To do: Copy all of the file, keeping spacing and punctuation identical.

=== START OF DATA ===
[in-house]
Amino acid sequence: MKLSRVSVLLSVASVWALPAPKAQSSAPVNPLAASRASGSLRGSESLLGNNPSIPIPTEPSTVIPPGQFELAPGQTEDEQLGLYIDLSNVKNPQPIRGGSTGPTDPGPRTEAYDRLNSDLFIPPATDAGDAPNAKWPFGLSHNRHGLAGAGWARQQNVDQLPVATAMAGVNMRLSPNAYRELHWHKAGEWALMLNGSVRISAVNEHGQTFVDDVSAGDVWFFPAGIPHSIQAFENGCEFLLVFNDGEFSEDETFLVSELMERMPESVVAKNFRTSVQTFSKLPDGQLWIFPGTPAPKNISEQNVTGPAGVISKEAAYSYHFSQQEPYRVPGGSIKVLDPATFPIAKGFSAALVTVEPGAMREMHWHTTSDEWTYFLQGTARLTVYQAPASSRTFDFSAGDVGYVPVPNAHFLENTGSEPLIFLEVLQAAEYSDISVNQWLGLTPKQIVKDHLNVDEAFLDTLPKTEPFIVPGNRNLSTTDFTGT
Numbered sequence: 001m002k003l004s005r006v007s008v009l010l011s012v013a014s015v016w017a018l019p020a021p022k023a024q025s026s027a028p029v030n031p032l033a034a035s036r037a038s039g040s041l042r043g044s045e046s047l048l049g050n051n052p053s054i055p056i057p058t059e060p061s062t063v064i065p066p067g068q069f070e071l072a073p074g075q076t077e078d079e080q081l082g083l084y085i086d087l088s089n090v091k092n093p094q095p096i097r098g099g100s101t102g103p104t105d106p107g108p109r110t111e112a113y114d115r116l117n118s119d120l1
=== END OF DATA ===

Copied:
[in-house]
Amino acid sequence: MKLSRVSVLLSVASVWALPAPKAQSSAPVNPLAASRASGSLRGSESLLGNNPSIPIPTEPSTVIPPGQFELAPGQTEDEQLGLYIDLSNVKNPQPIRGGSTGPTDPGPRTEAYDRLNSDLFIPPATDAGDAPNAKWPFGLSHNRHGLAGAGWARQQNVDQLPVATAMAGVNMRLSPNAYRELHWHKAGEWALMLNGSVRISAVNEHGQTFVDDVSAGDVWFFPAGIPHSIQAFENGCEFLLVFNDGEFSEDETFLVSELMERMPESVVAKNFRTSVQTFSKLPDGQLWIFPGTPAPKNISEQNVTGPAGVISKEAAYSYHFSQQEPYRVPGGSIKVLDPATFPIAKGFSAALVTVEPGAMREMHWHTTSDEWTYFLQGTARLTVYQAPASSRTFDFSAGDVGYVPVPNAHFLENTGSEPLIFLEVLQAAEYSDISVNQWLGLTPKQIVKDHLNVDEAFLDTLPKTEPFIVPGNRNLSTTDFTGT
Numbered sequence: 001m002k003l004s005r006v007s008v009l010l011s012v013a014s015v016w017a018l019p020a021p022k023a024q025s026s027a028p029v030n031p032l033a034a035s036r037a038s039g040s041l042r043g044s045e046s047l048l049g050n051n052p053s054i055p056i057p058t059e060p061s062t063v064i065p066p067g068q069f070e071l072a073p074g075q076t077e078d079e080q081l082g083l084y085i086d087l088s089n090v091k092n093p094q095p096i097r098g099g100s101t102g103p104t105d106p107g108p109r110t111e112a113y114d115r116l117n118s119d120l1